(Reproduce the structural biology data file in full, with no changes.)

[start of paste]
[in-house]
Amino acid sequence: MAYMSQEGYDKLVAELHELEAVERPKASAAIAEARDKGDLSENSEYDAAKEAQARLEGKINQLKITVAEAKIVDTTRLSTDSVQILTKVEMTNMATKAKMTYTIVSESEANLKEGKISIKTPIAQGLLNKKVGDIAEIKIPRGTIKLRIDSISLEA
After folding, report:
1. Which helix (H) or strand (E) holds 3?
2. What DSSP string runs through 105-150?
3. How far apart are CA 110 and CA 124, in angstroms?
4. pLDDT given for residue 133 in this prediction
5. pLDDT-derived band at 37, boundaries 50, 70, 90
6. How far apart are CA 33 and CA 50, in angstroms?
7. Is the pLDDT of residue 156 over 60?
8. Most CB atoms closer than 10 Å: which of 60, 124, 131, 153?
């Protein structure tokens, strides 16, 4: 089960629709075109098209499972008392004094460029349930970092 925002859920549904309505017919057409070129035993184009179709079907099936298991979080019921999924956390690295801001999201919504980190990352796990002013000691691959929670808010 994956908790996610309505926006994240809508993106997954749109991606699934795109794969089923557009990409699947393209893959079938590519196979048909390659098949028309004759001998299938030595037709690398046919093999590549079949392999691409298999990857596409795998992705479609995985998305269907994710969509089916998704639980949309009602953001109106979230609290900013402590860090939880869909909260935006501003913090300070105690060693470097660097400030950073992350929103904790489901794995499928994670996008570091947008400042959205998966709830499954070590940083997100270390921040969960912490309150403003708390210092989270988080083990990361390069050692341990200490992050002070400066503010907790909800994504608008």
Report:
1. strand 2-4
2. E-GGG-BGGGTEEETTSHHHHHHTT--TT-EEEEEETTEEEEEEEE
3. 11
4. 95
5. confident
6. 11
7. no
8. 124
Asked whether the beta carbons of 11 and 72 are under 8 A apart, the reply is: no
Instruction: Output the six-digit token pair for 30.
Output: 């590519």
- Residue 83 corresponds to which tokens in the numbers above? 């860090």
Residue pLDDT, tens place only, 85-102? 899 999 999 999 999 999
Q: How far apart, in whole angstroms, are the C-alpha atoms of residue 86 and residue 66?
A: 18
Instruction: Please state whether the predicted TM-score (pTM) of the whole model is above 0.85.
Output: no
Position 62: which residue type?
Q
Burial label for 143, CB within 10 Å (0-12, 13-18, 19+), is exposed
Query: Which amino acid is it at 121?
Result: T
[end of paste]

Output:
[in-house]
Amino acid sequence: MAYMSQEGYDKLVAELHELEAVERPKASAAIAEARDKGDLSENSEYDAAKEAQARLEGKINQLKITVAEAKIVDTTRLSTDSVQILTKVEMTNMATKAKMTYTIVSESEANLKEGKISIKTPIAQGLLNKKVGDIAEIKIPRGTIKLRIDSISLEA
After folding, report:
1. Which helix (H) or strand (E) holds 3?
2. What DSSP string runs through 105-150?
3. How far apart are CA 110 and CA 124, in angstroms?
4. pLDDT given for residue 133 in this prediction
5. pLDDT-derived band at 37, boundaries 50, 70, 90
6. How far apart are CA 33 and CA 50, in angstroms?
7. Is the pLDDT of residue 156 over 60?
8. Most CB atoms closer than 10 Å: which of 60, 124, 131, 153?
């Protein structure tokens, strides 16, 4: 089960629709075109098209499972008392004094460029349930970092 925002859920549904309505017919057409070129035993184009179709079907099936298991979080019921999924956390690295801001999201919504980190990352796990002013000691691959929670808010 994956908790996610309505926006994240809508993106997954749109991606699934795109794969089923557009990409699947393209893959079938590519196979048909390659098949028309004759001998299938030595037709690398046919093999590549079949392999691409298999990857596409795998992705479609995985998305269907994710969509089916998704639980949309009602953001109106979230609290900013402590860090939880869909909260935006501003913090300070105690060693470097660097400030950073992350929103904790489901794995499928994670996008570091947008400042959205998966709830499954070590940083997100270390921040969960912490309150403003708390210092989270988080083990990361390069050692341990200490992050002070400066503010907790909800994504608008």
Report:
1. strand 2-4
2. E-GGG-BGGGTEEETTSHHHHHHTT--TT-EEEEEETTEEEEEEEE
3. 11
4. 95
5. confident
6. 11
7. no
8. 124
Asked whether the beta carbons of 11 and 72 are under 8 A apart, the reply is: no
Instruction: Output the six-digit token pair for 30.
Output: 């590519």
- Residue 83 corresponds to which tokens in the numbers above? 């860090």
Residue pLDDT, tens place only, 85-102? 899 999 999 999 999 999
Q: How far apart, in whole angstroms, are the C-alpha atoms of residue 86 and residue 66?
A: 18
Instruction: Please state whether the predicted TM-score (pTM) of the whole model is above 0.85.
Output: no
Position 62: which residue type?
Q
Burial label for 143, CB within 10 Å (0-12, 13-18, 19+), is exposed
Query: Which amino acid is it at 121?
Result: T